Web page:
Another form of author alliance is common branding.
For example, Electric Eclecticallows its members, Indie Authors and small press publishers, to use the Electric Eclectic branding and share in the brand and individual author marketing initiatives.
My own expectation is, it will be harder to survive without forming an alliance, partnership or collaborating with others.
Take note from some of the big brands who partnered up to expand their reach and increase sales. For example, Starbucks and Spotify, giants in the coffee and music streaming business. They integrated the Spotify mobile app with the Starbucks My Rewards program and app. When customers were in the store, they could use either app to find out what music is playing in the store and add it to their saved music in Spotify.
The payoff for Starbucks was that the collaboration drove customers to download the app and join their customer loyalty program. As for Spotify, users who subscribe to their paid memberships get extra points for Starbucks My Rewards program. The partnership is mutually beneficial, and both companies have the potential to reach the other’s audience without sacrificing their brand.
And that is the key, ‘Mutually beneficial’. Time to get you Mutually Beneficial coalition(s) up and running.
12 – Crowded Social
Indie Authors must contend with far more than the competition of other books. You must also compete for space and attention which a million and one other products and services are fighting for.
This is most obvious of these are other forms of entertainment.
Almost every day some newform or platform for entertainment is announced. The sources proliferate online, authors compete with not only radio and TV, but the new streaming services beyond just Netflix, including Disney+, Hulu, and Amazon Prime, along with sports, live theatre, podcasts, video games, and more.
It can be difficult to stand out, to be seen when you are alone. To stay relevant, Indie Authors need to brand themselves and, as above, share branding, at least for some of their works.
One area where indies can have an upper hand is on a local basis, one’s hometown and county. This year 2020, make it a prime task to link up with your local media, radio stations, newspapers and television. Find out who runs Podcasts and blogs with local content in your area.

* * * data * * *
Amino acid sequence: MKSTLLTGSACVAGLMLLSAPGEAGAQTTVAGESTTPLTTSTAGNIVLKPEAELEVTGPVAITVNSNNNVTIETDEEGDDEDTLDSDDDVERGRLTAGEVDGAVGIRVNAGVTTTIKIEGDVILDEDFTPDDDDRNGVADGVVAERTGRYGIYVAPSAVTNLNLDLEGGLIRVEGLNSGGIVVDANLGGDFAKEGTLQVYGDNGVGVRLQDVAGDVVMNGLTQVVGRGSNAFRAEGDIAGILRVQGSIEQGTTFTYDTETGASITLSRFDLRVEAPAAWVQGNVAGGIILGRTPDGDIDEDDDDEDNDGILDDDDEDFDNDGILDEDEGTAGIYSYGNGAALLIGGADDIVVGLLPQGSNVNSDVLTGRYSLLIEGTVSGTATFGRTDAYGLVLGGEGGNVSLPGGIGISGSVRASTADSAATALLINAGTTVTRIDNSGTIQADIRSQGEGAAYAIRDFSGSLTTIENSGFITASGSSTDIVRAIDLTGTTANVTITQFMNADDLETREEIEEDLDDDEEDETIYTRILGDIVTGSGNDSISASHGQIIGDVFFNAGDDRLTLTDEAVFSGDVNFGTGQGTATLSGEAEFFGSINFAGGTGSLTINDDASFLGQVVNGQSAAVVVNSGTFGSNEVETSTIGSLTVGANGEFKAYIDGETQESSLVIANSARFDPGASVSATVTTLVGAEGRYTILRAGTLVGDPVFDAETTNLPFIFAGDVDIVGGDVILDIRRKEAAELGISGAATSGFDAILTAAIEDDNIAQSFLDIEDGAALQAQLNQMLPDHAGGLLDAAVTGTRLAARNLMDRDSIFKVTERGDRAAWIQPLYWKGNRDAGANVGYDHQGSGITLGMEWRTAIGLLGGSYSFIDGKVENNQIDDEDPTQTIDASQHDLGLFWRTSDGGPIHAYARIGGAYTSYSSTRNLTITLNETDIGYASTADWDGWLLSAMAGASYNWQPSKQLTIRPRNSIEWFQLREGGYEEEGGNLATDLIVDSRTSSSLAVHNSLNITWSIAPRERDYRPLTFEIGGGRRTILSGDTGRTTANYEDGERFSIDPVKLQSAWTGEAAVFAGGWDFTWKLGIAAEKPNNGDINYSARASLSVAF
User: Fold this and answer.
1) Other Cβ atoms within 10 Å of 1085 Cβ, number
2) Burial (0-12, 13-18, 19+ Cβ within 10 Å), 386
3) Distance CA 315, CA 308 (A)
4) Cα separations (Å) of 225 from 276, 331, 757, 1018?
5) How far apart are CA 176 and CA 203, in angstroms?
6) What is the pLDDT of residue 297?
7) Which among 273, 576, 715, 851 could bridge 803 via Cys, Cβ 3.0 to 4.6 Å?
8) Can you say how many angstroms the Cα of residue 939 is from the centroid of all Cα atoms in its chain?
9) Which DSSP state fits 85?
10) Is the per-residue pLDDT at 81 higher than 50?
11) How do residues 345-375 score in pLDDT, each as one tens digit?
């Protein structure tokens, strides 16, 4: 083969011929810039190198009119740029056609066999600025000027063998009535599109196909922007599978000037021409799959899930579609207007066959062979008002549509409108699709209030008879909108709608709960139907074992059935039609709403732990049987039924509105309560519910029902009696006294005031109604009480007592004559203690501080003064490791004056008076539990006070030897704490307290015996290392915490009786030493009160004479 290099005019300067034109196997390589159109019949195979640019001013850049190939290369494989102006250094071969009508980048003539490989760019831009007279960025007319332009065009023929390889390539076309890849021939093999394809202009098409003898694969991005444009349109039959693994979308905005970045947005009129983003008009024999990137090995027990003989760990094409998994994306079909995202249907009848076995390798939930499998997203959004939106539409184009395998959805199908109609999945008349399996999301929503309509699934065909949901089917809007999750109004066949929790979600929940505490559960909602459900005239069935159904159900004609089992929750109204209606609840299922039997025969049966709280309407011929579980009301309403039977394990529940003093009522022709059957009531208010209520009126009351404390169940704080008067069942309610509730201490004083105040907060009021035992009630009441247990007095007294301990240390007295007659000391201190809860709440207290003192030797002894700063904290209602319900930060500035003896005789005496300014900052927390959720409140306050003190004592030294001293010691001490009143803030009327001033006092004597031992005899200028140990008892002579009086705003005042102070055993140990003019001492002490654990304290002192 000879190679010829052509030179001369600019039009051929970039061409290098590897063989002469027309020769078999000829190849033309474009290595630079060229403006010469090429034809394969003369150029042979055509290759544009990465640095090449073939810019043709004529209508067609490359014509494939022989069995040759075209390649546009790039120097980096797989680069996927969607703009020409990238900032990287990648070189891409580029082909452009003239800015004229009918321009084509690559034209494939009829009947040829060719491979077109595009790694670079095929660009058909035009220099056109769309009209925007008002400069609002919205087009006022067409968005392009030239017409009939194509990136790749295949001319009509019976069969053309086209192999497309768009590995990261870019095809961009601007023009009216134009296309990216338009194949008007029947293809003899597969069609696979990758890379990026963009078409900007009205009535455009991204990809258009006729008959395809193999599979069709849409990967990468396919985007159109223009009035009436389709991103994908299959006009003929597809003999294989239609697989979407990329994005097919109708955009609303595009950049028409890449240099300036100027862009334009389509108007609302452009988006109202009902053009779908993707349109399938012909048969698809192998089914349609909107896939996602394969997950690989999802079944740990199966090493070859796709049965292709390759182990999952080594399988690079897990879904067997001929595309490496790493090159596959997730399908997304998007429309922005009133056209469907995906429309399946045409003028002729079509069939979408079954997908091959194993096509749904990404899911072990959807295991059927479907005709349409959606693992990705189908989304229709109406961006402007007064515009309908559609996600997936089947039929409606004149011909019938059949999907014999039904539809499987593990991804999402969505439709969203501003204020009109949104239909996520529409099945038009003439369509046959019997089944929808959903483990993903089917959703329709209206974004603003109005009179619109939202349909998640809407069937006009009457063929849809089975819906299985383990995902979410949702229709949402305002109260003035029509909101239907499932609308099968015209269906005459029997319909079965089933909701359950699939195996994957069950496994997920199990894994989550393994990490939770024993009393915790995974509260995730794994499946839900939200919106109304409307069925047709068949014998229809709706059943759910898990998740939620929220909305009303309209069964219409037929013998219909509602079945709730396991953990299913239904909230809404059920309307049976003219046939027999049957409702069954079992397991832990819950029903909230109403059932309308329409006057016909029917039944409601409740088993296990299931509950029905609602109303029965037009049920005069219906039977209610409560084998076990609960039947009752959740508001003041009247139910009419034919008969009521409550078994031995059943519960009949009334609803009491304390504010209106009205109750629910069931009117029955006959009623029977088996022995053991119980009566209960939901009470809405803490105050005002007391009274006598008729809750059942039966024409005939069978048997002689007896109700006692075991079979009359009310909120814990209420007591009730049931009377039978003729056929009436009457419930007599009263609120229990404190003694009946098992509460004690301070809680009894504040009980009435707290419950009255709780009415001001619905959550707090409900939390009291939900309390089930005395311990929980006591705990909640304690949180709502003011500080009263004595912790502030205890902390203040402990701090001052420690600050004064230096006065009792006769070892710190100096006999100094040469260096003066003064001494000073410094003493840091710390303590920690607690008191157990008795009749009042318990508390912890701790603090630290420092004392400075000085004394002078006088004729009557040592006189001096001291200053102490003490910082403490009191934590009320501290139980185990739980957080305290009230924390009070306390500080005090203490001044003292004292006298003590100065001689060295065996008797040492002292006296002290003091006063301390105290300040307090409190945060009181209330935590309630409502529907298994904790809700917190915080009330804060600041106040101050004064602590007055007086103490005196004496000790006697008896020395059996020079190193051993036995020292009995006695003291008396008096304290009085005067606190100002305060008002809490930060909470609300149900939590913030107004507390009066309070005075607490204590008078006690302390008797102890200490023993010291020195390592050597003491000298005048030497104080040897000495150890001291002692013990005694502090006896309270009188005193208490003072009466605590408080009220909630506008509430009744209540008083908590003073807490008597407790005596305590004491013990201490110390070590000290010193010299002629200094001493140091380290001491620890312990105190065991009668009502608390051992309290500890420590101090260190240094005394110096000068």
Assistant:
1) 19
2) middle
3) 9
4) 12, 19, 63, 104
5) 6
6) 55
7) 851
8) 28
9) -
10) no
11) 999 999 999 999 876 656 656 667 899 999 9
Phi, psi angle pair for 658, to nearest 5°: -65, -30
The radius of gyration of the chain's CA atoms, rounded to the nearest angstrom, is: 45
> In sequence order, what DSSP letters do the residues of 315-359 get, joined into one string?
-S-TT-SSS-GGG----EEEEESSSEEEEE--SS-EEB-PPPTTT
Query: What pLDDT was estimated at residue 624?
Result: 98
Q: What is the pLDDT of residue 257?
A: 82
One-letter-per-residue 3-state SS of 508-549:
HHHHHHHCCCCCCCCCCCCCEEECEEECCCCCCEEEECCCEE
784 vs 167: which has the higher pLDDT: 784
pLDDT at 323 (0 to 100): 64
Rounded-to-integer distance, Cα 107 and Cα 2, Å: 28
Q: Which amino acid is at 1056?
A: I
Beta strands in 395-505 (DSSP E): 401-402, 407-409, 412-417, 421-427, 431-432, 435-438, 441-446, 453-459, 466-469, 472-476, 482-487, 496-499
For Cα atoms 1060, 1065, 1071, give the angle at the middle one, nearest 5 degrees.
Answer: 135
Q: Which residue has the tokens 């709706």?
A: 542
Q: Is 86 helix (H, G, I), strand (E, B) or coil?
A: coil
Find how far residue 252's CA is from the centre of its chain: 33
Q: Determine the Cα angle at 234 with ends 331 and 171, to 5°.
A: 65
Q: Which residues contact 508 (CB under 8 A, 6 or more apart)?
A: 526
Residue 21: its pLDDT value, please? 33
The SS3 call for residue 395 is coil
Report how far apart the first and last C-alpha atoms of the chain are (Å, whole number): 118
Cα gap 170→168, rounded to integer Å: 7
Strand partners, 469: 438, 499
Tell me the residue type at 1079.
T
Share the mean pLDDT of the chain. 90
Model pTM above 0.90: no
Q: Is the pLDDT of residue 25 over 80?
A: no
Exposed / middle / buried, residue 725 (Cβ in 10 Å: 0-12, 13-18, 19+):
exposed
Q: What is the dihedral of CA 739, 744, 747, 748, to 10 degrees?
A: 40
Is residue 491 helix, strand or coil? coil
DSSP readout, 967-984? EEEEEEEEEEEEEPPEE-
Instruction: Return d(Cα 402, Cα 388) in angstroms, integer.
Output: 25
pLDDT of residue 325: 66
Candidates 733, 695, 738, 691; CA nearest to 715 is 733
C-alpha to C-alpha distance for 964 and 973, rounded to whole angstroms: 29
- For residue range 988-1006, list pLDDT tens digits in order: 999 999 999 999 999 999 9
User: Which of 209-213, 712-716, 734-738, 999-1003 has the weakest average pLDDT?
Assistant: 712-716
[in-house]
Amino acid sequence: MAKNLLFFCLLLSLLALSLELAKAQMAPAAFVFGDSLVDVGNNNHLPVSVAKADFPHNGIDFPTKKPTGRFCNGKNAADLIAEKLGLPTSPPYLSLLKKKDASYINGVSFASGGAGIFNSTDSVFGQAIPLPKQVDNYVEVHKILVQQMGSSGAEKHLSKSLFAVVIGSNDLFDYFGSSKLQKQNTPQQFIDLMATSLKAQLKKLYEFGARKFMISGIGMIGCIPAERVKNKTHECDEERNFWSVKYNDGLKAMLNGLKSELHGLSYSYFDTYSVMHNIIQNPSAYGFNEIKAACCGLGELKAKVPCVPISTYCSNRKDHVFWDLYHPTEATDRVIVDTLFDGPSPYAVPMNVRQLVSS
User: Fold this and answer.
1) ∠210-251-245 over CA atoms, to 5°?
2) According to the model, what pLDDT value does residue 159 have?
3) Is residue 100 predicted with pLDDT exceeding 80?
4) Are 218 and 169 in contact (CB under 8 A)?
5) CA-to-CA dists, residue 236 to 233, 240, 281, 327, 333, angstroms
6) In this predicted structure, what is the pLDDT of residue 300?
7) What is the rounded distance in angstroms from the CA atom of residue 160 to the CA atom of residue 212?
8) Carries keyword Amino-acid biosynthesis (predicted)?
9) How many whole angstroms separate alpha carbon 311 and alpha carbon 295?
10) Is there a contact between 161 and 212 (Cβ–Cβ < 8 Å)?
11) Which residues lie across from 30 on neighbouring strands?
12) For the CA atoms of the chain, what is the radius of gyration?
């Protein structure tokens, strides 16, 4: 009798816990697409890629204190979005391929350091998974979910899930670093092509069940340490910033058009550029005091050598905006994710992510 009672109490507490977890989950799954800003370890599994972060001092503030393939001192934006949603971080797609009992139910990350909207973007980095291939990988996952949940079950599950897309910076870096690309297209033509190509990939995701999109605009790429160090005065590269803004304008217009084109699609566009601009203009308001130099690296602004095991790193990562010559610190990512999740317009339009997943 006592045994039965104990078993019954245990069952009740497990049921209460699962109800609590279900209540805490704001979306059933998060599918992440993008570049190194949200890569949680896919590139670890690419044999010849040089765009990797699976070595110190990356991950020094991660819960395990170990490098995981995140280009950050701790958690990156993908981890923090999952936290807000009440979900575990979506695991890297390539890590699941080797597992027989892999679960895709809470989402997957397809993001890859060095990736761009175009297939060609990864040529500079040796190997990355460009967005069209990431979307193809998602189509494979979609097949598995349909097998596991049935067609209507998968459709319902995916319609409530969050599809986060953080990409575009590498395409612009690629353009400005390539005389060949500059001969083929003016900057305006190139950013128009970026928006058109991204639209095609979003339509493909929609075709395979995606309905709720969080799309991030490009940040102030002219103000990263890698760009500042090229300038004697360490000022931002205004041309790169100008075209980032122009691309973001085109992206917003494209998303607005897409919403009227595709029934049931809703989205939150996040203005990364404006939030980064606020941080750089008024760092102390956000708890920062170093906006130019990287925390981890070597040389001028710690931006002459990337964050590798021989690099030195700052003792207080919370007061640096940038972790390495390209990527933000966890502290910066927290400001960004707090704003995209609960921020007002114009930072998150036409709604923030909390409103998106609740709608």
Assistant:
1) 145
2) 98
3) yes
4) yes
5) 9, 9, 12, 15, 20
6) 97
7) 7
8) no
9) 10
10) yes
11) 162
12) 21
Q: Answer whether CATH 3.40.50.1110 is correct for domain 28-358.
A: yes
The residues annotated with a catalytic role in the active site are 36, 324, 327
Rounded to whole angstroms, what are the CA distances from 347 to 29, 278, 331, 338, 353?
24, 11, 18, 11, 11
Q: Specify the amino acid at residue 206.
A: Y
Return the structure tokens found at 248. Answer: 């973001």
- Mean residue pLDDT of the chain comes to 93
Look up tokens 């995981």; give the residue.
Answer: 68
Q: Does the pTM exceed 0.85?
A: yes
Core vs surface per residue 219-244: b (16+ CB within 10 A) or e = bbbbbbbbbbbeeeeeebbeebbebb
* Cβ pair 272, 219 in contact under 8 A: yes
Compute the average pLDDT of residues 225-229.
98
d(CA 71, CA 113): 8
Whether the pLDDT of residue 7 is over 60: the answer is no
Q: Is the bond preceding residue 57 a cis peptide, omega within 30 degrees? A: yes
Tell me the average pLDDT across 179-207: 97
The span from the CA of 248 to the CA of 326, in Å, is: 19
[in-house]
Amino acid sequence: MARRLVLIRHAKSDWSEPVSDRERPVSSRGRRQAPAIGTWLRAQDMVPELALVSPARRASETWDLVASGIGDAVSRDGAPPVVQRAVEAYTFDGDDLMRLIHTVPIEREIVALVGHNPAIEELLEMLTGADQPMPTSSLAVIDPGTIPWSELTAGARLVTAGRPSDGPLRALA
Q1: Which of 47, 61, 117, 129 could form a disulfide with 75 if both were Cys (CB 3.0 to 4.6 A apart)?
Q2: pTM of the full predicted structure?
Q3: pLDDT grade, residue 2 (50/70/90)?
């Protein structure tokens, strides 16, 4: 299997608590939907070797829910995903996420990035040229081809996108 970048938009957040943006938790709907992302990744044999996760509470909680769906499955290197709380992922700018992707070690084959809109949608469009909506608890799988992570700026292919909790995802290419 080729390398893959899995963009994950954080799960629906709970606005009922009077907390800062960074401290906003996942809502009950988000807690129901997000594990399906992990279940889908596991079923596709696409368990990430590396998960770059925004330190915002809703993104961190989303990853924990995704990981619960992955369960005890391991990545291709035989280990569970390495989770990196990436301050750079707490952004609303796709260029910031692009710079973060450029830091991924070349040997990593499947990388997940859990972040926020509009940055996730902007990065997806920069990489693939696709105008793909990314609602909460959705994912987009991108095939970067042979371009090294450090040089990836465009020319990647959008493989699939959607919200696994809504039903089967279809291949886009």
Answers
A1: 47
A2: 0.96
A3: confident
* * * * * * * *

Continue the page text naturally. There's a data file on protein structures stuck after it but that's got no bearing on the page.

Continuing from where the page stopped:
Once you have some airtime under your belt or even scheduled, you will find organising book signings far easier as your target destinations will be more receptive.
If you get on extremely well, why not have your local radio broadcast their show from the premises you are holding your signing. You make the radio happy, the bookstore happy and get a ton and a half od great exposure in your local community… hey, celebrity status at last!
Basically, as with all marketing. Think ‘outside the box’. (At least a little)
13 – Fundamental Shifts
Of course, fundamental shifts in publishing will continue and not all of them will be predictable. (Except maybe by me? Lol) Authors do need to stay informed, this year 2019, we saw Sci-Fi, Cosy Mysteries, Women’s fiction and Historical fiction all come to the forefront of ‘trending’. I expect this to continue, at least for the first quarter of 2020.
Over the past years, we have seen Amazon grow from a minor player to the largest book distributor. Borders and the subsequent focus on B&N and Waterstones. Direct to consumer marketing, the vexing issue of ‘Discoverability’ and powerful trends like Open Access. Increasing globalised markets, innovations of workflow, and so much more.
But above them, all were the sea changes in how books of any kind were bought and sold, whether print or ebook and what this meant for the process and structure of publishing.
I think, starting now, we will see the effects of consolidation. Maybe. Eventually, an emergence of supergiant companies, such as the joining of forces of such giants as Pearson, Bertelsman, RELX and Lagardere… all as one? Maybe.
It is not so farfetched. Penguin (&) Random House, now incorporates Harper Collins. Nature and Springer are now one company. Each is a behemoth in comparison to what was considered ‘big’ just 20 years ago.
So, what does this hold for the Indie, the single hard-working writers such as you and me?
Thankfully, I see the road ahead as favourable.
While scale and centralisation may well be the future for the giants, the smaller ‘Davids’ of the world can look forward to continued diversity. Which is a good thing.
The growth of writing platforms, like Wattpad, YouTube for words, Vice, Buzzfeed, blogging and niche newsletters, are all thriving, which proves the case for more an unfiltered environment, rather than a controlled one… (one of the reasons Facebook is losing users.)
Think about the indie publishing markets future like the ripples caused by a stone being dropped into water.
Today, we are in the centre… time to ride the ripples outwards as they and the market expand.
Did you know Electric Eclectic has its own Amazon store?
@open24 lists all Electric Eclectic books, books from associate publishers and a range of gifts for writers and readers.
Have a browse now, @open24, an Amazon store.